Historic England are the government’s adviser on the historic environment, so they have a duty to encourage the enjoyment of England’s history. Part of this remit is to manage the Historic England Archive, from which a new series of books takes its content. The volume I review here is, you’ll be shocked to learn, Liverpool.
The Historic England Archive holds over 12 million photographs, documents, plans and drawings covering the whole country. They run a public service where you can contact them to find out what they have, and get copies made for you.
But you don’t need to do that right now, as Hugh Hollinghurst has put together a neat little collection published by Amberley.
Old photographs of Liverpool
There are literally a billion books containing archive photographs of Liverpool. I’ve reviewed some of the best (and some of the worst) on here. I judge the books by their cover, and also by their content, and most importantly by the captions on the images.
Many books are content to give you about 15 words on the old photo, giving very little context or detail, and often getting things wrong. It’s not that this book is entirely error free (there’s one big blooper in there) but the length of the captions and the lack of nostalgic rose-tinted spectacles mean they’re not an issue.
The book is 95 pages long and has photos and also paintings from a wide gamut of Liverpool’s history. The earliest photograph is possibly the earliest photograph of Liverpool – St. George’s Hall, in 1855. (What we would recognise as photography had barely been around for a decade and a half by this point).
The book includes brand new photography, as well as images from the 1980s and 90s to give context. (And because, it pains me to say, those are now decades themselves part of history…)
Landscape history in archive photographs
It’s no secret that old photographs are a great reminder of the layout of the former city. It’s fascinating to see places like the Pier Head without its Three Graces. George’s Dock was divided into three and filled in around the turn of the 20th century, and Liverpool’s three gems erected over the next two decades.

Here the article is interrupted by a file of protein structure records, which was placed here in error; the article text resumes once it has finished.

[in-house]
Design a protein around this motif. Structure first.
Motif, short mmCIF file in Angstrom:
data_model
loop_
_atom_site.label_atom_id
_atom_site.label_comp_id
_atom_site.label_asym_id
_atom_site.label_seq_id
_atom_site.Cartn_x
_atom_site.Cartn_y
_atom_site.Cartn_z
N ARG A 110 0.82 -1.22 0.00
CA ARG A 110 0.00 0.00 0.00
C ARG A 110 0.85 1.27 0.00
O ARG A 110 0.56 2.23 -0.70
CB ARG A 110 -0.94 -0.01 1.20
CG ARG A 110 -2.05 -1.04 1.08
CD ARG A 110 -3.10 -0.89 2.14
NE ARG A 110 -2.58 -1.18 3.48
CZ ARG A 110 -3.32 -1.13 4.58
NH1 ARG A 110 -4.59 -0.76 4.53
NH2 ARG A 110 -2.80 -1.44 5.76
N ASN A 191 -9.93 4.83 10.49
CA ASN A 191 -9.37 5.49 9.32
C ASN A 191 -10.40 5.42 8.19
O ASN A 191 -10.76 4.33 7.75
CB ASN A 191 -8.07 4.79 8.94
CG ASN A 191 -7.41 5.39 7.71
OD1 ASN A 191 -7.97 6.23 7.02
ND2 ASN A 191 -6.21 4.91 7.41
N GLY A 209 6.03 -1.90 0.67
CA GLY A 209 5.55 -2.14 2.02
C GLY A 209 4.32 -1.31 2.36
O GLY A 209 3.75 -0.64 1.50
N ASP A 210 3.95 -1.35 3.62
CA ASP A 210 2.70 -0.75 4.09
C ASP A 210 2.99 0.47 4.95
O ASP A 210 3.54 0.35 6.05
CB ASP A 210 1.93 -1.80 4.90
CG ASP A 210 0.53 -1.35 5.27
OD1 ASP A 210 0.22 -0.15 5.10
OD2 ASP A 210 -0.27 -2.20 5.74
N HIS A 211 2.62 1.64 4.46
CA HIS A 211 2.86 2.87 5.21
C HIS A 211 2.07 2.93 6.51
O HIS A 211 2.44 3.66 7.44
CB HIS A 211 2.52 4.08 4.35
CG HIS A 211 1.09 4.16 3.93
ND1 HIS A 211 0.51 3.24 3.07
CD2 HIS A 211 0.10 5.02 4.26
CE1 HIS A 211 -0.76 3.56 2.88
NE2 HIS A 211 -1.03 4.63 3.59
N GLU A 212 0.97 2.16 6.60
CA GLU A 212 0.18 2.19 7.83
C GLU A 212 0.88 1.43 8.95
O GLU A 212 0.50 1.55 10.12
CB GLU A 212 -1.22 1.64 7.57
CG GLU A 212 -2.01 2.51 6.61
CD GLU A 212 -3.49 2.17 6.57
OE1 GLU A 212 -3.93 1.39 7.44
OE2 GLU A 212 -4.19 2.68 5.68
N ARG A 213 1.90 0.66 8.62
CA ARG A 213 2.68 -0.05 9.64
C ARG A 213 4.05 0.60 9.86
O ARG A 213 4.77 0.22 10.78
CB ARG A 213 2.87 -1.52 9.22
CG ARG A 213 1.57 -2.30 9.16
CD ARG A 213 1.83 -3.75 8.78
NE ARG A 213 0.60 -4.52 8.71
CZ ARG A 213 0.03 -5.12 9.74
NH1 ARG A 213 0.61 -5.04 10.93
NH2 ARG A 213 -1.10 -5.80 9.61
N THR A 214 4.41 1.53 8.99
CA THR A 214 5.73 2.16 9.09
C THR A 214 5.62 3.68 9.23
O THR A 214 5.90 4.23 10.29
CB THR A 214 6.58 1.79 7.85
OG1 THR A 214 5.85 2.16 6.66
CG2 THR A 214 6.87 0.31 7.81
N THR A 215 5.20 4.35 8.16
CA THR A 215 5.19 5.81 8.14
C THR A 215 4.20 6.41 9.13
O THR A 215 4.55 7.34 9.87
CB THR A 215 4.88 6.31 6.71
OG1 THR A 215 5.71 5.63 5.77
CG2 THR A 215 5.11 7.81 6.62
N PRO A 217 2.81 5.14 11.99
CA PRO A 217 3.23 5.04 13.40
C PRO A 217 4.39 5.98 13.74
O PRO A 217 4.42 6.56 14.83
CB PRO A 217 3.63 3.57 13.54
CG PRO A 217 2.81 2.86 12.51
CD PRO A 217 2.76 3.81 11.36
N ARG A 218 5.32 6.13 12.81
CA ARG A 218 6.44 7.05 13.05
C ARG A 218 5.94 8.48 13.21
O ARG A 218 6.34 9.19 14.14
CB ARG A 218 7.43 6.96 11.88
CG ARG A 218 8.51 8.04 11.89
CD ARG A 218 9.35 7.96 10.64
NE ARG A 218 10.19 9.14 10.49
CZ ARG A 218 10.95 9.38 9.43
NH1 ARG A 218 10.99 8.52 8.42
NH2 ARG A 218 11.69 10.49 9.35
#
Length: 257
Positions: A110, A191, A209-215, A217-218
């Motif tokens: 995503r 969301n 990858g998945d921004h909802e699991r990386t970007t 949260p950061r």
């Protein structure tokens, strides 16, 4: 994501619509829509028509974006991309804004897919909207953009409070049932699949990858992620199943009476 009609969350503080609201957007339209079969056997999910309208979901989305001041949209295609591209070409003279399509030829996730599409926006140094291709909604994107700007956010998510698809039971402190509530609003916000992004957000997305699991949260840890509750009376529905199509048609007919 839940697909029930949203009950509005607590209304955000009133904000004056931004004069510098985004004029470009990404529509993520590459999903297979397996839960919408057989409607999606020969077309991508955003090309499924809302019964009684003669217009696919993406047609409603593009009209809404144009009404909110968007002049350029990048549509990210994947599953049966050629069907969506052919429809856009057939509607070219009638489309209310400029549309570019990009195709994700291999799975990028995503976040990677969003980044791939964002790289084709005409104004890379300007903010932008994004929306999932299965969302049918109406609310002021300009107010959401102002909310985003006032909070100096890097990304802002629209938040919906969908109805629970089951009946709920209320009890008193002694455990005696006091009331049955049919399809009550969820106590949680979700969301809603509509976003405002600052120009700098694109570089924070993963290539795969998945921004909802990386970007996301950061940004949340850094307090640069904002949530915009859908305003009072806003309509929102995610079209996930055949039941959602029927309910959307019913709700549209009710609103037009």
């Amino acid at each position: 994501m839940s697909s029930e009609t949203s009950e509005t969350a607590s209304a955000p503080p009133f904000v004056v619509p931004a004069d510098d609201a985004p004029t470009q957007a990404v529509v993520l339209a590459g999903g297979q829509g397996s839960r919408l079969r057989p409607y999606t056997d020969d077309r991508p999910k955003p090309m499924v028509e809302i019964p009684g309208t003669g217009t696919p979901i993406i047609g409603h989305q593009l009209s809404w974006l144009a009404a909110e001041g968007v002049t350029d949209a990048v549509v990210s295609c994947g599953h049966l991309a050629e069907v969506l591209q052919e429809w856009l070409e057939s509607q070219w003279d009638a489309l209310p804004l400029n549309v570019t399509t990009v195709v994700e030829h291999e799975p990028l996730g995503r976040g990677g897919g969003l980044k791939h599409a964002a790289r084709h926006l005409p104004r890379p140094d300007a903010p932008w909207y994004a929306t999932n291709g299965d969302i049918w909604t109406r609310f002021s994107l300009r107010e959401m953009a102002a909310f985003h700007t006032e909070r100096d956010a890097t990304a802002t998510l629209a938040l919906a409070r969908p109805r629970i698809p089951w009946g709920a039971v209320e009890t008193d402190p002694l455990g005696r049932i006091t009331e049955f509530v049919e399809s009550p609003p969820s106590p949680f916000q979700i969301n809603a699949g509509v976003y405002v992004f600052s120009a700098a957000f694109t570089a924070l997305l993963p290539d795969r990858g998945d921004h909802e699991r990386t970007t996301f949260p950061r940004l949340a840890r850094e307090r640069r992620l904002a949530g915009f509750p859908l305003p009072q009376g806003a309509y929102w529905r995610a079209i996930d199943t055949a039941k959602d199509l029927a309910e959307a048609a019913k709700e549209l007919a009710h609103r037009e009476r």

The photos are in batches, so we see a couple charting the development of the Pier Head from the 1990s to today. We also see the Goree Piazzas from different angles, revealing the changing waterfront. There are explicit links between the captions, so this is much more than a scattershot ‘photo album’ approach.
There’s a fascinating panorama in the new book which shows a golden skyline, almost completely uniform in height. The only things that venture above the general roofline are the Customs House and St. Nicholas’s church. The age of the photograph and this uniformity lend it the appearance of Venice.
It’s a post-Blitz image which opens the book, and the first section, ‘Docks’. An aerial image, the most surprising thing about it is the neatness of it. It’s much like you’d expect a post-nuclear city to look. No life, no rubble, just clean squares where buildings once stood and the Customs House’s foundations like an I-beam embedded in the Earth.
Changing Liverpool landscape
Both the Customs House and the Sailor’s Home are some of Liverpool’s most famous and regretted losses. Hollinghurst talks about these demolitions with admirable neutrality. The Customs House had been identified as a difficult building to use or re-use as early as 1910, and the ‘prison-like’ interior of the Sailor’s Home condemned it once it required telegraph poles to shore up its frontage (see page 8 for that striking image). No doubt counter-arguments can and will continue to be made, but its interesting to hear the evidence.